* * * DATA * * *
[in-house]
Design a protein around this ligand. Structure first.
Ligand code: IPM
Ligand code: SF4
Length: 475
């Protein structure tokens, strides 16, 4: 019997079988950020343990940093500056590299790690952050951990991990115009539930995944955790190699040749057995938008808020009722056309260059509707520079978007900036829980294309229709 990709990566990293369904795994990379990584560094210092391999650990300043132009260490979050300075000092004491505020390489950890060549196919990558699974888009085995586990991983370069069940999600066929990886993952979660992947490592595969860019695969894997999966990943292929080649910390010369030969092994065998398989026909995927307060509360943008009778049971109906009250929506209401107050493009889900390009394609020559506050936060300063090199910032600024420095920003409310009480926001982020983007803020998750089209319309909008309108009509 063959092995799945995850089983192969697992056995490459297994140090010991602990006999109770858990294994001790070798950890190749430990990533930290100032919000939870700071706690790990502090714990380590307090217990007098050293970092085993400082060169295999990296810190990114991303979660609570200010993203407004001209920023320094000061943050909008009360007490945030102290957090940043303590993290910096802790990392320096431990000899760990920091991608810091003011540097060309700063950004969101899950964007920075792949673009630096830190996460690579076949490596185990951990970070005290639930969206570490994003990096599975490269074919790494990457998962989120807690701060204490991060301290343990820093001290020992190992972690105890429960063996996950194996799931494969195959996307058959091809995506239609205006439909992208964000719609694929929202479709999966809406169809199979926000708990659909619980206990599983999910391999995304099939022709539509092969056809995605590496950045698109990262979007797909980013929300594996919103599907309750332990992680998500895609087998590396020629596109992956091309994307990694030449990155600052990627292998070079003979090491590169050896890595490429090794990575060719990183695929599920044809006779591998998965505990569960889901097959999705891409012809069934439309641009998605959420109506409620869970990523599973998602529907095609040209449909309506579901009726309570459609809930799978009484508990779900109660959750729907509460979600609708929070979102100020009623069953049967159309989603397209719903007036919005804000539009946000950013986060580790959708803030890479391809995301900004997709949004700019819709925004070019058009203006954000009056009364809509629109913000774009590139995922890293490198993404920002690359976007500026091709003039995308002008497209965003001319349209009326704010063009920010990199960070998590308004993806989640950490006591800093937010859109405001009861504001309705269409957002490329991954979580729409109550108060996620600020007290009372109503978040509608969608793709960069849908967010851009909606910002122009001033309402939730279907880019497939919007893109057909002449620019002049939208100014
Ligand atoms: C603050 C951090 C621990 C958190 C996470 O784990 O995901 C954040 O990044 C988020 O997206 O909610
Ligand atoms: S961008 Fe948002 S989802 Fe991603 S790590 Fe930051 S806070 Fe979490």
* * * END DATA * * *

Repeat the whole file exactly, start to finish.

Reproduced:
[in-house]
Design a protein around this ligand. Structure first.
Ligand code: IPM
Ligand code: SF4
Length: 475
């Protein structure tokens, strides 16, 4: 019997079988950020343990940093500056590299790690952050951990991990115009539930995944955790190699040749057995938008808020009722056309260059509707520079978007900036829980294309229709 990709990566990293369904795994990379990584560094210092391999650990300043132009260490979050300075000092004491505020390489950890060549196919990558699974888009085995586990991983370069069940999600066929990886993952979660992947490592595969860019695969894997999966990943292929080649910390010369030969092994065998398989026909995927307060509360943008009778049971109906009250929506209401107050493009889900390009394609020559506050936060300063090199910032600024420095920003409310009480926001982020983007803020998750089209319309909008309108009509 063959092995799945995850089983192969697992056995490459297994140090010991602990006999109770858990294994001790070798950890190749430990990533930290100032919000939870700071706690790990502090714990380590307090217990007098050293970092085993400082060169295999990296810190990114991303979660609570200010993203407004001209920023320094000061943050909008009360007490945030102290957090940043303590993290910096802790990392320096431990000899760990920091991608810091003011540097060309700063950004969101899950964007920075792949673009630096830190996460690579076949490596185990951990970070005290639930969206570490994003990096599975490269074919790494990457998962989120807690701060204490991060301290343990820093001290020992190992972690105890429960063996996950194996799931494969195959996307058959091809995506239609205006439909992208964000719609694929929202479709999966809406169809199979926000708990659909619980206990599983999910391999995304099939022709539509092969056809995605590496950045698109990262979007797909980013929300594996919103599907309750332990992680998500895609087998590396020629596109992956091309994307990694030449990155600052990627292998070079003979090491590169050896890595490429090794990575060719990183695929599920044809006779591998998965505990569960889901097959999705891409012809069934439309641009998605959420109506409620869970990523599973998602529907095609040209449909309506579901009726309570459609809930799978009484508990779900109660959750729907509460979600609708929070979102100020009623069953049967159309989603397209719903007036919005804000539009946000950013986060580790959708803030890479391809995301900004997709949004700019819709925004070019058009203006954000009056009364809509629109913000774009590139995922890293490198993404920002690359976007500026091709003039995308002008497209965003001319349209009326704010063009920010990199960070998590308004993806989640950490006591800093937010859109405001009861504001309705269409957002490329991954979580729409109550108060996620600020007290009372109503978040509608969608793709960069849908967010851009909606910002122009001033309402939730279907880019497939919007893109057909002449620019002049939208100014
Ligand atoms: C603050 C951090 C621990 C958190 C996470 O784990 O995901 C954040 O990044 C988020 O997206 O909610
Ligand atoms: S961008 Fe948002 S989802 Fe991603 S790590 Fe930051 S806070 Fe979490």